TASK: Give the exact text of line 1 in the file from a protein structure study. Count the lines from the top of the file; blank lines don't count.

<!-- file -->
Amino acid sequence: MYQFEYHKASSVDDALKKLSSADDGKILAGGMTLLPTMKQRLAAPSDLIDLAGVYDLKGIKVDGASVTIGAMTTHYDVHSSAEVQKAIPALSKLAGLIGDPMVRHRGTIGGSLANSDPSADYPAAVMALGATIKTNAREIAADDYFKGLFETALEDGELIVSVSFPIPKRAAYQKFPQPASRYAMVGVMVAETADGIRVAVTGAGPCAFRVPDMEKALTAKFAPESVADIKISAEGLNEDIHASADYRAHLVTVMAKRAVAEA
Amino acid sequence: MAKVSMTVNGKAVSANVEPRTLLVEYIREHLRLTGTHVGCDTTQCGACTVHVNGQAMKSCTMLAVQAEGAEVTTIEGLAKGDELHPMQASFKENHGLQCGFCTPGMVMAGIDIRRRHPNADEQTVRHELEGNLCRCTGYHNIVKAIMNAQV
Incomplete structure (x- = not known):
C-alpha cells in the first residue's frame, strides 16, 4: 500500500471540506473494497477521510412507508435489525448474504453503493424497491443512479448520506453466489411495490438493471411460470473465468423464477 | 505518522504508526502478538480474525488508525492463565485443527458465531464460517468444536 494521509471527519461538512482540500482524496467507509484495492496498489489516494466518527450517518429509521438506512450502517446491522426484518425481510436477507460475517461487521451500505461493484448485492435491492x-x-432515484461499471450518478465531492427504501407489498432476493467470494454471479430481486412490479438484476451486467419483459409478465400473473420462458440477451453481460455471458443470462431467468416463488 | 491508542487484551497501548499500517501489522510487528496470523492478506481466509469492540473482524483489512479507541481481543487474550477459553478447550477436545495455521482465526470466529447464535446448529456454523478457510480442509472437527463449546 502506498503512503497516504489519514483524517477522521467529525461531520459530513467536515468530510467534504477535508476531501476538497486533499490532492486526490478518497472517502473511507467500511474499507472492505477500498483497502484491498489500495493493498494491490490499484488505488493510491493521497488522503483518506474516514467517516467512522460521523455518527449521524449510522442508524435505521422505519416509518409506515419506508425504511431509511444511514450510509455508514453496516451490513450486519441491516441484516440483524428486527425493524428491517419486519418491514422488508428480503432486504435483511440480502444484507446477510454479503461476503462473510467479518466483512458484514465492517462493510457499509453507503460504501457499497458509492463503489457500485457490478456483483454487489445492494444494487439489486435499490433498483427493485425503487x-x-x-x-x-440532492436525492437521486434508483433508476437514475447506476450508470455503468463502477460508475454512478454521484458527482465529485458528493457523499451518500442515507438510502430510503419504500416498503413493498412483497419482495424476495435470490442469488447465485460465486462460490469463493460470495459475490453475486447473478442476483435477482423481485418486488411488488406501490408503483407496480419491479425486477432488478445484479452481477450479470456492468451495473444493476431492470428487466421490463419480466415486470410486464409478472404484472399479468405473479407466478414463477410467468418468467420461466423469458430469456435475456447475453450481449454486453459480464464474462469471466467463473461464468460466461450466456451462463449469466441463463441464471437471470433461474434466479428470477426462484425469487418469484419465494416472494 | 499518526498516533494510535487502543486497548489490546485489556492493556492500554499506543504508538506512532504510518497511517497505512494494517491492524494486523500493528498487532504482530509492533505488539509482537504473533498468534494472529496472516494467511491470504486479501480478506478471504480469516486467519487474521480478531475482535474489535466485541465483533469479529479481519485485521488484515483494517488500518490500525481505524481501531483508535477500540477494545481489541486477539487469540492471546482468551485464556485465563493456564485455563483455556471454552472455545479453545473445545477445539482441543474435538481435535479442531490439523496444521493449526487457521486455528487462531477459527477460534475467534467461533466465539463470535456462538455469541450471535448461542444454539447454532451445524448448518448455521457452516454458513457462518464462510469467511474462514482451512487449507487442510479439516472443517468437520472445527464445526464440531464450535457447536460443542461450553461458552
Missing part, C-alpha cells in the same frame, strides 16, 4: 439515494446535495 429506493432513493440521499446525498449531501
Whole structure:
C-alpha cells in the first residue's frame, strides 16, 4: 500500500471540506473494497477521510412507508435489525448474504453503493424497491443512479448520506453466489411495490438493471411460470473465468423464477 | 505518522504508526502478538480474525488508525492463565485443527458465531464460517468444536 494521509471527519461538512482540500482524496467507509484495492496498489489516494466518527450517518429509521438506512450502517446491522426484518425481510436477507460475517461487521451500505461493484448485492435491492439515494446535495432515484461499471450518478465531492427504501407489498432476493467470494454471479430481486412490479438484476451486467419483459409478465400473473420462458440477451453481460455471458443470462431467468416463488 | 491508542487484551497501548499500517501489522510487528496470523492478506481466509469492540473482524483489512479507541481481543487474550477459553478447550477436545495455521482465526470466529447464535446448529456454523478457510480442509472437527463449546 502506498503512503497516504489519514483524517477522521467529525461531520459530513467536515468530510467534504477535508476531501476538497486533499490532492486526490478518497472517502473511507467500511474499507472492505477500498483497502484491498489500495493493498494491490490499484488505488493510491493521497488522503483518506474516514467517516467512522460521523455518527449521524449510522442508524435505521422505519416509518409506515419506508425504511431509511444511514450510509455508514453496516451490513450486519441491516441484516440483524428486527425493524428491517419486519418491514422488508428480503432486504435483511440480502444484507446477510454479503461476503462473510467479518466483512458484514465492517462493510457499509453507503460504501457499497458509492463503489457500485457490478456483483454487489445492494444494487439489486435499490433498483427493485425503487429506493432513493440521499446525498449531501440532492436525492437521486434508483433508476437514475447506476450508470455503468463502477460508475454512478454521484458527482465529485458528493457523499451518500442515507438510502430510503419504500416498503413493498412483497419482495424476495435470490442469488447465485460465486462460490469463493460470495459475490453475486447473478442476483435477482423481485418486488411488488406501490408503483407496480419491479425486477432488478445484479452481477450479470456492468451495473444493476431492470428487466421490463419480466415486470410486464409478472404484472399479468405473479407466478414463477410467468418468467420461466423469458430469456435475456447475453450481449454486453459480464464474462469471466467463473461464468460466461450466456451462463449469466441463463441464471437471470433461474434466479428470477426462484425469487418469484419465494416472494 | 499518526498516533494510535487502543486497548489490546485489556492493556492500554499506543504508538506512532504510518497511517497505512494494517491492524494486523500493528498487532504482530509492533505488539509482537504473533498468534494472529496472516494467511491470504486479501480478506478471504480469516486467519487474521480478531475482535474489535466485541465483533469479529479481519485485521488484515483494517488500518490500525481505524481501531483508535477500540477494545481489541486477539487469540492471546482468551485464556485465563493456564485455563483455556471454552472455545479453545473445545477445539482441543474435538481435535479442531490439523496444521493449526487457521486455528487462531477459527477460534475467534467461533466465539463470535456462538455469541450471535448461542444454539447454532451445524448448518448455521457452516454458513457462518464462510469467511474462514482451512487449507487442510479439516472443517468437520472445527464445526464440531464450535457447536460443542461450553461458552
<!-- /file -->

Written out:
Amino acid sequence: MYQFEYHKASSVDDALKKLSSADDGKILAGGMTLLPTMKQRLAAPSDLIDLAGVYDLKGIKVDGASVTIGAMTTHYDVHSSAEVQKAIPALSKLAGLIGDPMVRHRGTIGGSLANSDPSADYPAAVMALGATIKTNAREIAADDYFKGLFETALEDGELIVSVSFPIPKRAAYQKFPQPASRYAMVGVMVAETADGIRVAVTGAGPCAFRVPDMEKALTAKFAPESVADIKISAEGLNEDIHASADYRAHLVTVMAKRAVAEA